Cervical Radiculopathy (Nerve Root Compression)

Cervical radiculopathy, which involves nerve root compression in the cervical spine, may be causes by cervical herniated discs, cervical spinal stenosis, and cervical degenerative disc disease.

Cervical Radiculopathy involves the compression of one of the nerve roots that exits the cervical spine or one of its main nerve branches. The cervical spine includes the first seven vertebrae, beginning at the base of the skull and ending just above T1 - the first vertebra of the thoracic spine. The cervical spine include these vertebra, as well as the intervertebral discs between the bones and the associated structures that involve movement and protection. Symptoms of Cervical Radiculopathy include somatic pain near the main pain generator (the physical source of the pain) as well as referred pain to the structures that main nerve branch supplies. Because of the nerve root compression associated with Cervical Radiculopathy, the condition often involves sharp and dull pain around the neck and shoulders as well as neurologic changes as well, including numbness, burning, tingling, and weakness. This condition may require aggressive treatments, if the affected nerves are compressed to the point that the pressure on them cause atrophy and lack of oxygen to the structures they supply information to. The areas where the patient experiences symptoms will relate to which nerve roots in the neck are affected. For example, if the patient's condition involves the patient having difficulty or discomfort with neck extension, these symptoms indicate a likely nerve root compression at the level between the last cervical vertebral and the first thoracic vertebra. If the patient's symptoms involve the patient having difficulty or discomfort with movements of their wrist, these symptoms indicate a likely compression of the nerve roots that exit the spine at the level between C5-C6. The patient's condition may indicate the compression of one or more of the nerve roots in the cervical spine. When more than one nerve roots are affecting the patient physically and neurologically, the condition is known as cervical Polyradiculopathy.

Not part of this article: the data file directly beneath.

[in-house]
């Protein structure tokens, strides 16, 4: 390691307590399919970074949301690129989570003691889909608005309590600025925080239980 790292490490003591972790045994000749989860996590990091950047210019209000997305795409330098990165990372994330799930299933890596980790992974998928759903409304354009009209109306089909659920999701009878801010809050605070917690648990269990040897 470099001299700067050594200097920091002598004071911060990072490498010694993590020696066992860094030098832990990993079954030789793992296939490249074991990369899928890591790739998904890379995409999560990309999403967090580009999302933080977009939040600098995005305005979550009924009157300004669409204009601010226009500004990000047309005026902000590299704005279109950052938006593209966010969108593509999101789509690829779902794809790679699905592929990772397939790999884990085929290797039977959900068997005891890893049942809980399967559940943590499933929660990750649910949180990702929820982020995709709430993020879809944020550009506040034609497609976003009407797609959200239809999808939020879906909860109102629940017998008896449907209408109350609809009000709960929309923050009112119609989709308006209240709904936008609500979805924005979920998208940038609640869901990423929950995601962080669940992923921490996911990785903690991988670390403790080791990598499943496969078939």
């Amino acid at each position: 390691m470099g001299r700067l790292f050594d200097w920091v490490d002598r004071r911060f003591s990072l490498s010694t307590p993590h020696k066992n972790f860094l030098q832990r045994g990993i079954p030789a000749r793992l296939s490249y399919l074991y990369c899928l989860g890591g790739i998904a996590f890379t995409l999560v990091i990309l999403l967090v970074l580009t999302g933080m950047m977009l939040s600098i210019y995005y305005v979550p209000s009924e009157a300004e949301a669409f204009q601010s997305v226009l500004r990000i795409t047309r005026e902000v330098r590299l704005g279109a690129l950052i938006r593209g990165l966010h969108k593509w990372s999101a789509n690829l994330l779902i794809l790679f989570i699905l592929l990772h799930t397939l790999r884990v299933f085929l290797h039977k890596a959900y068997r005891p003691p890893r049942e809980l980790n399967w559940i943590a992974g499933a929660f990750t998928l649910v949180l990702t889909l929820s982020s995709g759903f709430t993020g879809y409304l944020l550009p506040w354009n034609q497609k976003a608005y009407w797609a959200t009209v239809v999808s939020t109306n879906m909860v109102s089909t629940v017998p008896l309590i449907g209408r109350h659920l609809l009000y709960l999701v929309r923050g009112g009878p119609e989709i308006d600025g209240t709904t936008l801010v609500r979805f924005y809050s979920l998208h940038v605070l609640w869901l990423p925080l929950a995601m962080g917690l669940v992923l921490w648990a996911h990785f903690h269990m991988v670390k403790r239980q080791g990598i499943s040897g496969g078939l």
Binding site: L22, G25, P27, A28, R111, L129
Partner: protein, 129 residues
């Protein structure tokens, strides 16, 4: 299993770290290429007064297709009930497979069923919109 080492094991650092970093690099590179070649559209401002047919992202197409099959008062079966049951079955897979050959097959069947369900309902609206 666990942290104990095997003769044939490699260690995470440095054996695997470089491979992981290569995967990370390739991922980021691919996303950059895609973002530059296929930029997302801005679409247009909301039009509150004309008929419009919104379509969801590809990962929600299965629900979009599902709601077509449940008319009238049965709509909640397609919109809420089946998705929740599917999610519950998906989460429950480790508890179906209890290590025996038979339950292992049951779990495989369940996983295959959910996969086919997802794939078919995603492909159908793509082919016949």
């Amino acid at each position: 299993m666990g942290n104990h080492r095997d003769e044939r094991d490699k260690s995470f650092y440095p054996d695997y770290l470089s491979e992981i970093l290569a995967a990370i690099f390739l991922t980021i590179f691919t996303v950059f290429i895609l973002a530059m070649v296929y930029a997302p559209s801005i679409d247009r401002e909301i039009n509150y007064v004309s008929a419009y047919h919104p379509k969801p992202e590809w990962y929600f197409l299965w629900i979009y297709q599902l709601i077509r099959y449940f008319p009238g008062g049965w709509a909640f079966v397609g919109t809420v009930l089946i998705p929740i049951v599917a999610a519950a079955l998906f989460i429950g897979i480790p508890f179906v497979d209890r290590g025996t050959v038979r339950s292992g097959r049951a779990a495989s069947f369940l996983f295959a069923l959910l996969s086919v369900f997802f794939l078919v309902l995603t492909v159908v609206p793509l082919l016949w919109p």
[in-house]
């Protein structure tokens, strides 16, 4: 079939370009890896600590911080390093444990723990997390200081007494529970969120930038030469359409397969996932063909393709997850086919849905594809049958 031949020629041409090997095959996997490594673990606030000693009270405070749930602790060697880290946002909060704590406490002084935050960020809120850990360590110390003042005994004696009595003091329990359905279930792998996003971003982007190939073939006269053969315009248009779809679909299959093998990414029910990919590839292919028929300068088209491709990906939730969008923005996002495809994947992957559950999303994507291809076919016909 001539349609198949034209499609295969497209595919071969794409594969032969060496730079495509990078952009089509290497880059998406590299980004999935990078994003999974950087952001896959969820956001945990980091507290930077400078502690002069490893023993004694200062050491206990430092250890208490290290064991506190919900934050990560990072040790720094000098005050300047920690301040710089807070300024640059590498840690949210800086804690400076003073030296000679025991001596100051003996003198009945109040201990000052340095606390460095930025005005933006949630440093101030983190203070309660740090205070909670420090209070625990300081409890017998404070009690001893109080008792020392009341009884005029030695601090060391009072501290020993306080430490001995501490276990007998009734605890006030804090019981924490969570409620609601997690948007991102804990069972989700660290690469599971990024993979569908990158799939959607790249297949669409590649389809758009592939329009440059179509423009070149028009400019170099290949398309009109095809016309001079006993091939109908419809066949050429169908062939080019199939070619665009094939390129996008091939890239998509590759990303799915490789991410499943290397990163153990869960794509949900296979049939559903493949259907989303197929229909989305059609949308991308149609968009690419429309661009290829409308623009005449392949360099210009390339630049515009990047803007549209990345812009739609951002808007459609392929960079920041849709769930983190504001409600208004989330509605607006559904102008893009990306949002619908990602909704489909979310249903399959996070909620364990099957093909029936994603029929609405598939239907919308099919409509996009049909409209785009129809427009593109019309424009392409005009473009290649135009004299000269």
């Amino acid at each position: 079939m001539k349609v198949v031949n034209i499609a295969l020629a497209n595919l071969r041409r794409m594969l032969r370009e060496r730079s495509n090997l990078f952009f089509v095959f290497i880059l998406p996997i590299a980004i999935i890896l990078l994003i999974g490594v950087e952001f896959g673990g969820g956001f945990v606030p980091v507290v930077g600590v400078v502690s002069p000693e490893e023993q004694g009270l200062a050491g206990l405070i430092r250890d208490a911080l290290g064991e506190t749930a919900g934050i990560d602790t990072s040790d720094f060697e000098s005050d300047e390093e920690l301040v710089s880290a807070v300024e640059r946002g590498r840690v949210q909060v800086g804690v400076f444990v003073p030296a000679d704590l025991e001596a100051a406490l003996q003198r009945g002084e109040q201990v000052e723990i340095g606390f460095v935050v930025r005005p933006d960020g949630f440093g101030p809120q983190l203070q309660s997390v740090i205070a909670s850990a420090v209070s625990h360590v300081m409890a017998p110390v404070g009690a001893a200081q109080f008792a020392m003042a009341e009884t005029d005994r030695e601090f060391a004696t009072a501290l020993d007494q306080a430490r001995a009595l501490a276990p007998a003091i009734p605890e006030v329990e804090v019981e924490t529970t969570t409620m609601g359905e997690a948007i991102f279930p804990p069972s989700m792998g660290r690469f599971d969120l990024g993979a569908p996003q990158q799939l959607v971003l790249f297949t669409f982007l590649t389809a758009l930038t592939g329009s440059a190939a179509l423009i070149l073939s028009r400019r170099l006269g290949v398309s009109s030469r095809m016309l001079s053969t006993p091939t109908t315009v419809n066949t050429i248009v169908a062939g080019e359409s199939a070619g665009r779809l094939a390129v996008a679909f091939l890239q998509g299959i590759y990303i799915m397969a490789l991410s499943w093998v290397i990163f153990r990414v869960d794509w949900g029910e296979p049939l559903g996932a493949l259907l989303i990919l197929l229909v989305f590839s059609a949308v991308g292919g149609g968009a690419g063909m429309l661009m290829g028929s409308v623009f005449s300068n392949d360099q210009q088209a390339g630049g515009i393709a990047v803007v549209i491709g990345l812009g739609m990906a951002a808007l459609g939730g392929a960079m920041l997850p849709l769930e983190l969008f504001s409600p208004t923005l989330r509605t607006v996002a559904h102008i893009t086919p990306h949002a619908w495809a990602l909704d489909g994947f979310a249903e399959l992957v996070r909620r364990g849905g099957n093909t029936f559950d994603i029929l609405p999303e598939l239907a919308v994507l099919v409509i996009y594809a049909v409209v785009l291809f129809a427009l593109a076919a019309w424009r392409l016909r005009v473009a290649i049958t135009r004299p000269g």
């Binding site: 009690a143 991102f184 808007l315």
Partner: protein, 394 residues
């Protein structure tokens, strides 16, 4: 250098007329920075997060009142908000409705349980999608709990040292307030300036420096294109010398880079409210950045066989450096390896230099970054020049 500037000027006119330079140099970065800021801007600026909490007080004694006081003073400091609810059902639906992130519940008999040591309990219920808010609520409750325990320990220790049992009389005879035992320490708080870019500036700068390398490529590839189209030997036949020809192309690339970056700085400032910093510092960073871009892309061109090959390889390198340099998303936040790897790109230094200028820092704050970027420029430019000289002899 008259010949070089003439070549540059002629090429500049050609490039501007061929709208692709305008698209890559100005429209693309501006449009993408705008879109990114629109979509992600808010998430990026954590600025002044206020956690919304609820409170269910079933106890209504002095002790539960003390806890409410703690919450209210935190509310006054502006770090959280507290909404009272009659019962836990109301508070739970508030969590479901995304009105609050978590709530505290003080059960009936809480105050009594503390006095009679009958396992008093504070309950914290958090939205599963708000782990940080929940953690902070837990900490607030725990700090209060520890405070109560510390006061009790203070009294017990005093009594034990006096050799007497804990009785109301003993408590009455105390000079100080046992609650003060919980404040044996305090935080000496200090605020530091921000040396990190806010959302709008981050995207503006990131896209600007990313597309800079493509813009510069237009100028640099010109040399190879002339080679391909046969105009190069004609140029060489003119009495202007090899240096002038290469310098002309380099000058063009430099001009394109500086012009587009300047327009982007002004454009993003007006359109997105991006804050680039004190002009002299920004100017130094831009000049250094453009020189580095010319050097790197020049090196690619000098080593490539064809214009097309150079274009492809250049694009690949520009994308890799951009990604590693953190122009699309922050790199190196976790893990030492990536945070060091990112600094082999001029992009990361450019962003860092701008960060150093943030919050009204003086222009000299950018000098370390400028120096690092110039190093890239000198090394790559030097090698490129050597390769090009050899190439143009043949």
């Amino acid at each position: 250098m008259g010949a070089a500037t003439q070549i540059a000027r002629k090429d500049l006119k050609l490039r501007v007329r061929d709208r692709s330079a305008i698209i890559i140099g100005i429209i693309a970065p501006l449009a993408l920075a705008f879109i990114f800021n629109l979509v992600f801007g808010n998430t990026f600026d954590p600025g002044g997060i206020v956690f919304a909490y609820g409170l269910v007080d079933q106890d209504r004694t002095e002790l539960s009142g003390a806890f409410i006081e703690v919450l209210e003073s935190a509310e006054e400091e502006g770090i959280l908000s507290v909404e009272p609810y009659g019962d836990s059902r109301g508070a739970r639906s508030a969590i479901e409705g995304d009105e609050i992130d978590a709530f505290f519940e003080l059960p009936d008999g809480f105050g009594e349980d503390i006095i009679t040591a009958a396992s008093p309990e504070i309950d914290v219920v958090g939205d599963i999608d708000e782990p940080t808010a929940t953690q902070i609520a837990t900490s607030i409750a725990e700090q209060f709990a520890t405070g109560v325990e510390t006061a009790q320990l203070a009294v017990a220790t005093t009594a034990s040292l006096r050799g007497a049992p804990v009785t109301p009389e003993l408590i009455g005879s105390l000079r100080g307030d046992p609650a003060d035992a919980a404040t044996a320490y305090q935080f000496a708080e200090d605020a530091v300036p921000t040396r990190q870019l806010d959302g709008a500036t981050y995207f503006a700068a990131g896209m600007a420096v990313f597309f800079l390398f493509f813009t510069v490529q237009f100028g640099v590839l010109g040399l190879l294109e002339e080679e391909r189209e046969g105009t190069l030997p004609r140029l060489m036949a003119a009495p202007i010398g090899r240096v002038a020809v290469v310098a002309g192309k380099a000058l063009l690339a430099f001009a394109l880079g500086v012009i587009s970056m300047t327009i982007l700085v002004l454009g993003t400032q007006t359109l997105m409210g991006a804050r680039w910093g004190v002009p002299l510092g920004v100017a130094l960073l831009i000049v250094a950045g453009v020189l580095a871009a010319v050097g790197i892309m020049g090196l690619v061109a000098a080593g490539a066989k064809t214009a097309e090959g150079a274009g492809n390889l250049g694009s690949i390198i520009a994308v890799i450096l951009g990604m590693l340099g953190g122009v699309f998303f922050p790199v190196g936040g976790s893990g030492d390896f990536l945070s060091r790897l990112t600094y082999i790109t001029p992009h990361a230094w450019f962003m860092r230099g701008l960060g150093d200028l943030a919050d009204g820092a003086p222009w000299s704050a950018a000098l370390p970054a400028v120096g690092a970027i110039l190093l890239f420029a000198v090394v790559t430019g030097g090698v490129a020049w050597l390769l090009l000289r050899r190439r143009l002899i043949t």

There are a wide range of causes and treatment options for this condition, which we will discuss in more detail below.

The nerve roots of the cervical spine may be injured or affected as a result of an injury, degenerative changes to the soft tissues, or due to a secondary disease. Let's take a look at some of the causes of cervical radiculopathy.

  • Cervical Herniated Disc: Herniated discs are the most common causes of both chronic neck pain and chronic back pain. When a cervical herniated disc occurs, a tear in the outer rings of the disc opens up wide enough for the materials in the nucleus to be expelled outwards. When this material from the nucleus presses into the cervical nerve root, it may cause pain along any anatomical parts that nerve roots, or its sub-branches, supplies. This condition may get better on its own, but does not, in some cases. Often, the herniated cervical disc is able to heal itself, but the disc itself does not have a good mechanism for reabsorbing this inner disc material while its tear begins to close. This part of the body also does have any anatomical parts specialized to reabsorb these materials back into the body. If the expelled contents of the nucleus are not fully reabsorbed by the body, it may continue to press into the nerve roots, causing both physical pain, as well as referred pain to the neck, shoulder, forearm, and hands.
  • Cervical Spinal Stenosis: There are several causes of cervical spinal stenosis, including thickening of the spinal ligaments, thickening of the vertebral bones, bone spurs, tumors of the spine, osteoarthritis, and Spondylolisthesis. These changes may cause the space around the spinal cord itself to become squeezed, or where the nerve roots exit the spine through the intervertebral foramen.
  • Cervical Degenerative Disc Disease: Other degenerative changes to the discs may cause radiculopathy, such as bulging discs, and degenerative disc disease, which may cause instability of the spine and reduce the space around the nerve roots.